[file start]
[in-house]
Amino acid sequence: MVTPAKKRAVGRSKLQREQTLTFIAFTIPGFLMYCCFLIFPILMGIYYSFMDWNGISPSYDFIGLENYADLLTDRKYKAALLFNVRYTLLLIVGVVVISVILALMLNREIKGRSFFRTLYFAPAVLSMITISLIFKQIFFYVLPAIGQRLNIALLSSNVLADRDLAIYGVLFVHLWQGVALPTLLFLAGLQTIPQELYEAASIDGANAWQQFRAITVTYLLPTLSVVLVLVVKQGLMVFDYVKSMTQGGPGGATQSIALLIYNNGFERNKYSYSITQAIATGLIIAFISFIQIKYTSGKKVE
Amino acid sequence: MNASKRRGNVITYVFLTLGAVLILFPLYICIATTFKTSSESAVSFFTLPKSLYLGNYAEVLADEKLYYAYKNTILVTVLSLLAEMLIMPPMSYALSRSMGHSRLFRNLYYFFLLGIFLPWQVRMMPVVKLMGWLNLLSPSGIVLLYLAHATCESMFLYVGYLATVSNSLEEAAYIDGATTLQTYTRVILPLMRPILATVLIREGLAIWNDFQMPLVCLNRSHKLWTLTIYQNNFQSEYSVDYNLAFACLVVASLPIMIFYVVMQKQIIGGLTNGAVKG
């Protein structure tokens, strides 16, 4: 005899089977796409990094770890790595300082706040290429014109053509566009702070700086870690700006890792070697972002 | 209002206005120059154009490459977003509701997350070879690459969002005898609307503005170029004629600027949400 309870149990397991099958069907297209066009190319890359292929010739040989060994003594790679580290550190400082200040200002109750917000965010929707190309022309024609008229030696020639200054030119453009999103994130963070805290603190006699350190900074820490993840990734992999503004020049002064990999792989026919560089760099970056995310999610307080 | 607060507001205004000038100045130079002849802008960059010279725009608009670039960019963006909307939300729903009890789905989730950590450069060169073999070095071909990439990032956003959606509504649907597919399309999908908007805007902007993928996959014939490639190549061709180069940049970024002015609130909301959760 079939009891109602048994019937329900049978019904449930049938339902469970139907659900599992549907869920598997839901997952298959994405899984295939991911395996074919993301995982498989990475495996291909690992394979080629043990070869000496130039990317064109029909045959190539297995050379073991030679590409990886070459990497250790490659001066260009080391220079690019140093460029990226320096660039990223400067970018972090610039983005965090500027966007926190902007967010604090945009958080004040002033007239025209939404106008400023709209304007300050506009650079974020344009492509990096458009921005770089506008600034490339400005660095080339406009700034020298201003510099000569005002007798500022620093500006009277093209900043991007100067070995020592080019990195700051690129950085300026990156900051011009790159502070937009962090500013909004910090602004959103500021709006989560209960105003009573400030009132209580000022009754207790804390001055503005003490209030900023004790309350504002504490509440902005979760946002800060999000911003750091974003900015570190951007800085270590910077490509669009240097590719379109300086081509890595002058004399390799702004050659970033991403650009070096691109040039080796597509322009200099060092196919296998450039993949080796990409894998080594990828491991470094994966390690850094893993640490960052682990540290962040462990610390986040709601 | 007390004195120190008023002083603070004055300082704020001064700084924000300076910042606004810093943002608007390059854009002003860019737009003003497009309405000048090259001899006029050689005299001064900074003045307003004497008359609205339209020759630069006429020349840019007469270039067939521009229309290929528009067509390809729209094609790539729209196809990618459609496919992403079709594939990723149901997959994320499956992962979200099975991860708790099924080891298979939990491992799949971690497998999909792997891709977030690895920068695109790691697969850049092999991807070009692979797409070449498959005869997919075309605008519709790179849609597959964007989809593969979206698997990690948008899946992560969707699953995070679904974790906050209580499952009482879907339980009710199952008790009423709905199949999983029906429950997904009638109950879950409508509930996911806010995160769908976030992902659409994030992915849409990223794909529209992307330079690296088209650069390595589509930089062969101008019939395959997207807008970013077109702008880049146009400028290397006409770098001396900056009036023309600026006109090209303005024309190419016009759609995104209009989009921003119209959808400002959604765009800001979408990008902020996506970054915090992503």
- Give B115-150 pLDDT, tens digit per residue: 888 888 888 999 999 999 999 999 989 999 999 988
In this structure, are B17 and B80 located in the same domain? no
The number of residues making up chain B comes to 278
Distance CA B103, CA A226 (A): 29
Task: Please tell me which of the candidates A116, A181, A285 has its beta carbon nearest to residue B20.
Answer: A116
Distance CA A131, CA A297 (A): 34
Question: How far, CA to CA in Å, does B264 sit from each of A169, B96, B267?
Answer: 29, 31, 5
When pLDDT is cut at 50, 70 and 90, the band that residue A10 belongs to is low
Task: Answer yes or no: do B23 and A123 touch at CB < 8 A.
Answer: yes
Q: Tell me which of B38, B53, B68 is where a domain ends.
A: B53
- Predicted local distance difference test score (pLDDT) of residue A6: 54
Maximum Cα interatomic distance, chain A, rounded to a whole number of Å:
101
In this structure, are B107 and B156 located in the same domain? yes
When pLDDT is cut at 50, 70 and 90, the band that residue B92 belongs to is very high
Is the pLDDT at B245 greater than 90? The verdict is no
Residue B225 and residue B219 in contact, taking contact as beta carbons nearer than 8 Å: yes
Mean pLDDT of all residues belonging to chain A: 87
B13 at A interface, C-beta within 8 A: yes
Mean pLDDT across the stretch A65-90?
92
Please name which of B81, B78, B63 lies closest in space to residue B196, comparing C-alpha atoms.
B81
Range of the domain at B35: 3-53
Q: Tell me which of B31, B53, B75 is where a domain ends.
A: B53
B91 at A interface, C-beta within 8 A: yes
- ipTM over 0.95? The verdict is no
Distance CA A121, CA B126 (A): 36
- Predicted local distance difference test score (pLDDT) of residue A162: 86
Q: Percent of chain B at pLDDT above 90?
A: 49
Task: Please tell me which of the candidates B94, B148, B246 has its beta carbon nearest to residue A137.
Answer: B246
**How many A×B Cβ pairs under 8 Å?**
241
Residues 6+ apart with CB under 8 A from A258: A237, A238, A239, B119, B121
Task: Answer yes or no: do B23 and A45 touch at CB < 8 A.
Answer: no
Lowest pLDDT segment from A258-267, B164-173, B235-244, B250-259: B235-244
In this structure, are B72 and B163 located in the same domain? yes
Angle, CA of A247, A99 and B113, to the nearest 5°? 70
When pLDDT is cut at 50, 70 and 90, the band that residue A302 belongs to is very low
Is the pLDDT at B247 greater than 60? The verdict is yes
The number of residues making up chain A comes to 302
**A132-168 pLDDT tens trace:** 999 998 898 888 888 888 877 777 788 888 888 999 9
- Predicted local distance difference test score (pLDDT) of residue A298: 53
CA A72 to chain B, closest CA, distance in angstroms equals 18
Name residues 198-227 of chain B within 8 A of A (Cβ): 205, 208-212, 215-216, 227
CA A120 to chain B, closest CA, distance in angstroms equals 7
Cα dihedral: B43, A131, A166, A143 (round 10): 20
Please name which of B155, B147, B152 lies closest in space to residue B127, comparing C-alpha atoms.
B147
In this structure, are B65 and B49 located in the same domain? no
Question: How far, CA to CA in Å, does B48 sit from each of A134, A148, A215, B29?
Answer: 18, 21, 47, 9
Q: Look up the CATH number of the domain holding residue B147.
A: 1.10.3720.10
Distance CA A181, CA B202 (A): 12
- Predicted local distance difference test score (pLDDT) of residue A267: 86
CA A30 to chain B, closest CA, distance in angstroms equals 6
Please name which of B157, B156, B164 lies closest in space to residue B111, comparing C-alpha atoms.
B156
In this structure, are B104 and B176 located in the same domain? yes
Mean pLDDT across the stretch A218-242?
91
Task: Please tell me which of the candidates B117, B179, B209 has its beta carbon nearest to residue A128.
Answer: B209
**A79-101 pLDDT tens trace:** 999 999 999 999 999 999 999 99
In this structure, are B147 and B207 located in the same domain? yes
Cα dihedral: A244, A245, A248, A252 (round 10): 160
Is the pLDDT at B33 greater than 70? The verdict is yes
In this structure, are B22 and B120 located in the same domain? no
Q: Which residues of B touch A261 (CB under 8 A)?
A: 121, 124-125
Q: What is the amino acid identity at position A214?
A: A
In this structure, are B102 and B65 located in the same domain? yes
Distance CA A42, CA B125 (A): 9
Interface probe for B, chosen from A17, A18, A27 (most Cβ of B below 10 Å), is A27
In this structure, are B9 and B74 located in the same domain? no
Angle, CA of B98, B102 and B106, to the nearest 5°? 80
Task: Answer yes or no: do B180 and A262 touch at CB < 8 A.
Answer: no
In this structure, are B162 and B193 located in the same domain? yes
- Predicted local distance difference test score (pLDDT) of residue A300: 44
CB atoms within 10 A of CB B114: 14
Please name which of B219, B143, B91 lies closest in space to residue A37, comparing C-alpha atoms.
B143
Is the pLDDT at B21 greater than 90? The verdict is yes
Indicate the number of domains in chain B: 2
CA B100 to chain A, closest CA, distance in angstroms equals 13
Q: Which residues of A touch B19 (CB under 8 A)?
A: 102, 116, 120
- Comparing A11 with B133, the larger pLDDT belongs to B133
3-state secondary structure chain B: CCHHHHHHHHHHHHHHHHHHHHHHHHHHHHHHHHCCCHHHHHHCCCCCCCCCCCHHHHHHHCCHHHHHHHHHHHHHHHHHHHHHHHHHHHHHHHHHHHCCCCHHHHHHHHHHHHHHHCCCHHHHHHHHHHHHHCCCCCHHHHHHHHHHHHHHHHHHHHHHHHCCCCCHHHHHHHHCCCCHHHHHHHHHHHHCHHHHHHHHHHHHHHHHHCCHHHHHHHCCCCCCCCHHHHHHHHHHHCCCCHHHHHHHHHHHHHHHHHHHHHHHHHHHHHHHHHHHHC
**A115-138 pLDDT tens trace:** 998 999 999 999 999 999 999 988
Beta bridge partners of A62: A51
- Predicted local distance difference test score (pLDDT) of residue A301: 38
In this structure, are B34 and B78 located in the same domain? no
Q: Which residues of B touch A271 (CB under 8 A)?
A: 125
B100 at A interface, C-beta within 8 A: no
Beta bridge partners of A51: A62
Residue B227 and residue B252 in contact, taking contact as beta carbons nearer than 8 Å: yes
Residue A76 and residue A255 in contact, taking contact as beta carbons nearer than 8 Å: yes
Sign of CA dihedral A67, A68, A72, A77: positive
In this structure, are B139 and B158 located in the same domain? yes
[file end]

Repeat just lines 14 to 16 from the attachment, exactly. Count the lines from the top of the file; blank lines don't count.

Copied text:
When pLDDT is cut at 50, 70 and 90, the band that residue A10 belongs to is low
Task: Answer yes or no: do B23 and A123 touch at CB < 8 A.
Answer: yes